Four Delicious Delis to Try in Midtown Manhattan

Traditional delicacies live on in New York
 

Photo courtesy of Carnegie Deli

In the 1930s, New York City boasted at least 1,500 kosher delis. Today, that number is down to double digits, but if you’re in midtown Manhattan, triple-decker sandwiches and traditional soups are still easy to find—and utterly scrumptious. Here are four can’t-miss spots.

2nd Ave Deli

This New York institution, founded in 1954, is no longer located on 2nd Avenue (it relocated to East 33rd Street 10 years ago), but its lavish and mouth-watering portions of pastrami and corned beef remain the same. In cozy booths beneath the pressed-tin ceiling, tuck into specialties like mushroom barley soup and whitefish salad. Save room for traditional babka and rugelach pastries.

Ben’s of Manhattan

This family-run operation has been dishing up kosher delicacies since 1972. Highlights range from old-fashioned chicken matzoh ball soup to the foot-long Israeli Hero sandwich. Almost everything’s made in-house. “I feel we’re as much a part of New York history as the Statue of Liberty,” says manager David Czegledi. Birthday parties and bar mitzvahs enliven the West 38th Street location, just steps away from Times Square.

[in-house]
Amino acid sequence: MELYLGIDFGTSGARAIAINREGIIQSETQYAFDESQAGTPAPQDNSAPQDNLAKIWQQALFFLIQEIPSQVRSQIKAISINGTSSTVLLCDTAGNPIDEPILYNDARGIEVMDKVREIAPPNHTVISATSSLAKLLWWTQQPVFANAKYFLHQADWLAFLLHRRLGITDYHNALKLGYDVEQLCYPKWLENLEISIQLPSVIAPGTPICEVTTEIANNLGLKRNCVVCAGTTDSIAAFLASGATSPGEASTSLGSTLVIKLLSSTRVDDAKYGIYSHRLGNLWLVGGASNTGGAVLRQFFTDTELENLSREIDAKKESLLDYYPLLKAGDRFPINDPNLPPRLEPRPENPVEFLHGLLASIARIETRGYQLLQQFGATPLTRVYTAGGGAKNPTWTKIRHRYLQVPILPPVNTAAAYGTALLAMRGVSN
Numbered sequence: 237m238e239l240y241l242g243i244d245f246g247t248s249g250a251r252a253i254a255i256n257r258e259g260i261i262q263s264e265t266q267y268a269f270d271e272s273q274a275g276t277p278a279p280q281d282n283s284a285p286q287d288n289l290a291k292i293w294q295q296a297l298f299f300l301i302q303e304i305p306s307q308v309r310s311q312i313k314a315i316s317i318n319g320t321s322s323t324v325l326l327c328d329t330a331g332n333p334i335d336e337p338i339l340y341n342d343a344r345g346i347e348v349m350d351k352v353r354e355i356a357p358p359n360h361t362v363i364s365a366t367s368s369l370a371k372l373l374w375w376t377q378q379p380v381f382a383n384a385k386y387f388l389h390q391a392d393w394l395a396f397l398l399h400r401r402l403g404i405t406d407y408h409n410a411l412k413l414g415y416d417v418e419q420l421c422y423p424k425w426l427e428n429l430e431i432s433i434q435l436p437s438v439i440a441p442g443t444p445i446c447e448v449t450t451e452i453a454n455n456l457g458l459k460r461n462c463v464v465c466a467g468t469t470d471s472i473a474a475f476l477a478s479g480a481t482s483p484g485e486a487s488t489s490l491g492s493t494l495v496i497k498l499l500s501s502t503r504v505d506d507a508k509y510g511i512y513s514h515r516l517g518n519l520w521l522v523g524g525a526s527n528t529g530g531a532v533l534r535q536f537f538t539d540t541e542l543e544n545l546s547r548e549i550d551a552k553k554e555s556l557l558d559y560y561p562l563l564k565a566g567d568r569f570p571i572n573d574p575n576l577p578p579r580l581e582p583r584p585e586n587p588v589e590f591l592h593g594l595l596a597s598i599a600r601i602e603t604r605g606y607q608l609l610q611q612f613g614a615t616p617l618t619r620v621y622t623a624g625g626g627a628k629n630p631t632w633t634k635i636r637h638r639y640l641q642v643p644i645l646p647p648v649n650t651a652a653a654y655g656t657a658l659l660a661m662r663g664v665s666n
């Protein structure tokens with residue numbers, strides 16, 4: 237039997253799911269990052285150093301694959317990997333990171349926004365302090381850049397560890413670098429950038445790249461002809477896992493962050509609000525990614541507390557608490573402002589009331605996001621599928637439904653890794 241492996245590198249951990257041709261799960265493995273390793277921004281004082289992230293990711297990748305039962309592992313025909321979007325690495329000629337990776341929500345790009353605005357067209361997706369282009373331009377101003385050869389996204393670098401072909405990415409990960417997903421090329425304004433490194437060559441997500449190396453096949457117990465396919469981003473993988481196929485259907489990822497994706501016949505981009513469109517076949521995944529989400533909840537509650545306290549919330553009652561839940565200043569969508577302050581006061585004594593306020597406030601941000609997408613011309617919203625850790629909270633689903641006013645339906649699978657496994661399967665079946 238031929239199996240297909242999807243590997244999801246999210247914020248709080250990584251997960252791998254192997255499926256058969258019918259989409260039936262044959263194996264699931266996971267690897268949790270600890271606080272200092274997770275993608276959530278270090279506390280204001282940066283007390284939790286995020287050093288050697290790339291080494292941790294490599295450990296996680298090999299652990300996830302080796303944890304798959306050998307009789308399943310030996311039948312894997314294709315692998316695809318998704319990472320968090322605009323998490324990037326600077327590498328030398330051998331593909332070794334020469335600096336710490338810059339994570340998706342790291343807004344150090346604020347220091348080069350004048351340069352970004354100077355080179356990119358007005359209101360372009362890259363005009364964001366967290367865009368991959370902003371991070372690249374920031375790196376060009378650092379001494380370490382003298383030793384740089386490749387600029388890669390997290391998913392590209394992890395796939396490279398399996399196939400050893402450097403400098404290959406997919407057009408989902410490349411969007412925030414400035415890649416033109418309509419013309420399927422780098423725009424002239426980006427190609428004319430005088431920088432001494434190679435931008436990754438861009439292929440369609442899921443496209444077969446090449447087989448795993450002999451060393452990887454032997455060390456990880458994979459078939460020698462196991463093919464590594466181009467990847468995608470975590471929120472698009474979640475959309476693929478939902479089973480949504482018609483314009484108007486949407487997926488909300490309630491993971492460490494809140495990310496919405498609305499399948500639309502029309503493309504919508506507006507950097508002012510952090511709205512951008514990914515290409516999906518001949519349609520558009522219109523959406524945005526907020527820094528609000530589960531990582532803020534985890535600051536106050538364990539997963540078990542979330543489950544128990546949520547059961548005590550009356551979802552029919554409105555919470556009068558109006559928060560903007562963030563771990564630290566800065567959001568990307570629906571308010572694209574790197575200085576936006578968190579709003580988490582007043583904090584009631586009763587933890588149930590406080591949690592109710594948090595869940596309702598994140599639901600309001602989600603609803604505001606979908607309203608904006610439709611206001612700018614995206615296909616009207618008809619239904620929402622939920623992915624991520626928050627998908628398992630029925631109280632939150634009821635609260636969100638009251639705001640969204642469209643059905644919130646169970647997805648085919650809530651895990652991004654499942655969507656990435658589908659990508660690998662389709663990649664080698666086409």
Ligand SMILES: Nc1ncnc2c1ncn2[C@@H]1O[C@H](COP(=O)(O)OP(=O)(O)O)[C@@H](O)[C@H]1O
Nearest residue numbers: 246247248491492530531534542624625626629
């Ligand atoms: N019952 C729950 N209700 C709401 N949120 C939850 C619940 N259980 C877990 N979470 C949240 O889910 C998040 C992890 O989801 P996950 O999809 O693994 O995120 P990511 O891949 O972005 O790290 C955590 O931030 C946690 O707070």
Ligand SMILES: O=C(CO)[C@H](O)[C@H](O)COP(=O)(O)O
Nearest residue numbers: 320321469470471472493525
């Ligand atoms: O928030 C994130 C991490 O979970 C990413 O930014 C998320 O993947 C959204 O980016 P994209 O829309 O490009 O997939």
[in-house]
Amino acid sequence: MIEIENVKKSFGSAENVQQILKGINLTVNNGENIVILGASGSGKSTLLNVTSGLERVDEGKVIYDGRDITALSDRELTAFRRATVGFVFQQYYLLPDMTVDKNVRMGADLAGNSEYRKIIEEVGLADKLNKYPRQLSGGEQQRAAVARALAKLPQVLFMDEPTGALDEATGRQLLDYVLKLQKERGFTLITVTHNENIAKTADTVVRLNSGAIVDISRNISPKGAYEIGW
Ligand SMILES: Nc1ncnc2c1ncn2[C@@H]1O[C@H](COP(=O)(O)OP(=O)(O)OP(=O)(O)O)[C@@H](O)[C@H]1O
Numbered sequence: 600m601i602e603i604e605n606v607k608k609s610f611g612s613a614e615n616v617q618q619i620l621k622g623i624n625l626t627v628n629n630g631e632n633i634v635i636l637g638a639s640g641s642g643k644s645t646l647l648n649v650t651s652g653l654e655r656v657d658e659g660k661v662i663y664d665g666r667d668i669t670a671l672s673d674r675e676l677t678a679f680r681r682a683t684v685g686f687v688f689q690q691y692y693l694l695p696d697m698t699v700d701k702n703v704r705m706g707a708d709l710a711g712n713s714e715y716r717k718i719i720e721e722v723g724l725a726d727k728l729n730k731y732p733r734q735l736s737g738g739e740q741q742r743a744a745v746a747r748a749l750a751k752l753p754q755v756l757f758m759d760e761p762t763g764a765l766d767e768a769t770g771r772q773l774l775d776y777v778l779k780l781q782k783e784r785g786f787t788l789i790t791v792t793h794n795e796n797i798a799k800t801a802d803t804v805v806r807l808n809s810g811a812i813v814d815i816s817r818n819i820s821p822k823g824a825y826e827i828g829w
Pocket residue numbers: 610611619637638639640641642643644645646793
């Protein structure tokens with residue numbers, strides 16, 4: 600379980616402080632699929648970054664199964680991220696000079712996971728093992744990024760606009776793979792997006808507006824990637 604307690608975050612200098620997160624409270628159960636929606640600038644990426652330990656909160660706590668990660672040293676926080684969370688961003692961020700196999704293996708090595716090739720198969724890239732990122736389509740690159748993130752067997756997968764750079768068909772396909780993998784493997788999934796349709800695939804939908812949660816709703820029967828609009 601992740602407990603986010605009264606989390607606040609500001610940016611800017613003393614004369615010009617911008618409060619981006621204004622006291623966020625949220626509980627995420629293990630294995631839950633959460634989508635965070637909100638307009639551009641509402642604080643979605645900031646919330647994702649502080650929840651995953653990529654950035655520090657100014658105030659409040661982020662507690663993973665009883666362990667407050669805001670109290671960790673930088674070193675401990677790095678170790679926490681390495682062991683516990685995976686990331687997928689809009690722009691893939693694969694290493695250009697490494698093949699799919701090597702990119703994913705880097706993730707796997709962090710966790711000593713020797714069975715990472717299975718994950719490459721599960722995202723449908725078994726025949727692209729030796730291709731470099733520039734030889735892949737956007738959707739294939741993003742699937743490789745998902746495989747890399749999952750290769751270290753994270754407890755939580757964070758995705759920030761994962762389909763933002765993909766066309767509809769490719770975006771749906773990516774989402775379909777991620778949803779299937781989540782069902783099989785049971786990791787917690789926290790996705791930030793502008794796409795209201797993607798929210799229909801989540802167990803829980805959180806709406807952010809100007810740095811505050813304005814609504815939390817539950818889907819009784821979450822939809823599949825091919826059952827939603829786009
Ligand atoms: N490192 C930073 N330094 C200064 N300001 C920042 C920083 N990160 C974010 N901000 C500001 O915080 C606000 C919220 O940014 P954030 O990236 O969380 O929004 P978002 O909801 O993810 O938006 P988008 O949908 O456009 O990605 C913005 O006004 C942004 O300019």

Carnegie Deli at Madison Square Garden

When the iconic Carnegie Deli closed at the end of last year, fans of its decadent strawberry cheesecake and Reuben sandwich mourned. But head to Madison Square Garden for a New York Rangers hockey game or a Billy Joel concert, and two concession stands still serve Carnegie’s signature open-style pastrami, corned beef and turkey sandwiches on rye bread. The meat is smoked at the same New Jersey commissary that the original 1937-founded deli used.

Rupert Jee’s Hello Deli

Rupert Jee’s is neither Jewish nor kosher, yet TV fans flock to this 53rd Street hole-in-the-wall for its association with David Letterman. The owner made regular cameos on The Late Show, and the menu features sandwiches named after other regulars from the show like band leader Paul Shaffer (chicken cutlet) and stage manager Biff Henderson (sautéed roast beef). Late Show heir Stephen Colbert has also come in, and commemorative mugs and shirts are for sale. Generous servings and quick service also make this deli a must-visit.

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